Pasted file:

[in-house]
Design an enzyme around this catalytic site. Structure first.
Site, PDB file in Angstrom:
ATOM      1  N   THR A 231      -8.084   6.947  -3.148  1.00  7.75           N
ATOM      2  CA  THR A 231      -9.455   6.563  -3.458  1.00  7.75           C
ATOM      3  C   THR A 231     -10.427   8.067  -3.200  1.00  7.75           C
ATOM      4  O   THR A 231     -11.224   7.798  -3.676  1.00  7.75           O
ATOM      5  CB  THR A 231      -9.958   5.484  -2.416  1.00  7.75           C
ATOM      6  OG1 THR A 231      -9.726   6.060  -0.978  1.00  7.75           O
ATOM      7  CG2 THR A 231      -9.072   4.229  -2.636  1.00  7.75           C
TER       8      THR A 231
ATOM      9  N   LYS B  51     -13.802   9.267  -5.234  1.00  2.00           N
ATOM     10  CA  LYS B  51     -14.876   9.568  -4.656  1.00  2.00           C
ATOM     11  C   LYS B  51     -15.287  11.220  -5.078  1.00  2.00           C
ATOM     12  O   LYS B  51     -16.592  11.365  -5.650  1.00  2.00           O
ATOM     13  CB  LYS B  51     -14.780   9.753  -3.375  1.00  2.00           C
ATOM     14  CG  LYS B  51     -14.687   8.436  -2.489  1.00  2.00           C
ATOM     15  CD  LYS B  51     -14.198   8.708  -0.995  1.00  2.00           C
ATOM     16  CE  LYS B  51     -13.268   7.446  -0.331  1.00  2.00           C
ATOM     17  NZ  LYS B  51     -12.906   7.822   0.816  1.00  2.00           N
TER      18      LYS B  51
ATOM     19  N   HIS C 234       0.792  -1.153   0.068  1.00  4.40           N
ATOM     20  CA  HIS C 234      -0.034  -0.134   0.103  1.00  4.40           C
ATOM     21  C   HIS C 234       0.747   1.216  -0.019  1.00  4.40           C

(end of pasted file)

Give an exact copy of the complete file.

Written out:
[in-house]
Design an enzyme around this catalytic site. Structure first.
Site, PDB file in Angstrom:
ATOM      1  N   THR A 231      -8.084   6.947  -3.148  1.00  7.75           N
ATOM      2  CA  THR A 231      -9.455   6.563  -3.458  1.00  7.75           C
ATOM      3  C   THR A 231     -10.427   8.067  -3.200  1.00  7.75           C
ATOM      4  O   THR A 231     -11.224   7.798  -3.676  1.00  7.75           O
ATOM      5  CB  THR A 231      -9.958   5.484  -2.416  1.00  7.75           C
ATOM      6  OG1 THR A 231      -9.726   6.060  -0.978  1.00  7.75           O
ATOM      7  CG2 THR A 231      -9.072   4.229  -2.636  1.00  7.75           C
TER       8      THR A 231
ATOM      9  N   LYS B  51     -13.802   9.267  -5.234  1.00  2.00           N
ATOM     10  CA  LYS B  51     -14.876   9.568  -4.656  1.00  2.00           C
ATOM     11  C   LYS B  51     -15.287  11.220  -5.078  1.00  2.00           C
ATOM     12  O   LYS B  51     -16.592  11.365  -5.650  1.00  2.00           O
ATOM     13  CB  LYS B  51     -14.780   9.753  -3.375  1.00  2.00           C
ATOM     14  CG  LYS B  51     -14.687   8.436  -2.489  1.00  2.00           C
ATOM     15  CD  LYS B  51     -14.198   8.708  -0.995  1.00  2.00           C
ATOM     16  CE  LYS B  51     -13.268   7.446  -0.331  1.00  2.00           C
ATOM     17  NZ  LYS B  51     -12.906   7.822   0.816  1.00  2.00           N
TER      18      LYS B  51
ATOM     19  N   HIS C 234       0.792  -1.153   0.068  1.00  4.40           N
ATOM     20  CA  HIS C 234      -0.034  -0.134   0.103  1.00  4.40           C
ATOM     21  C   HIS C 234       0.747   1.216  -0.019  1.00  4.40           C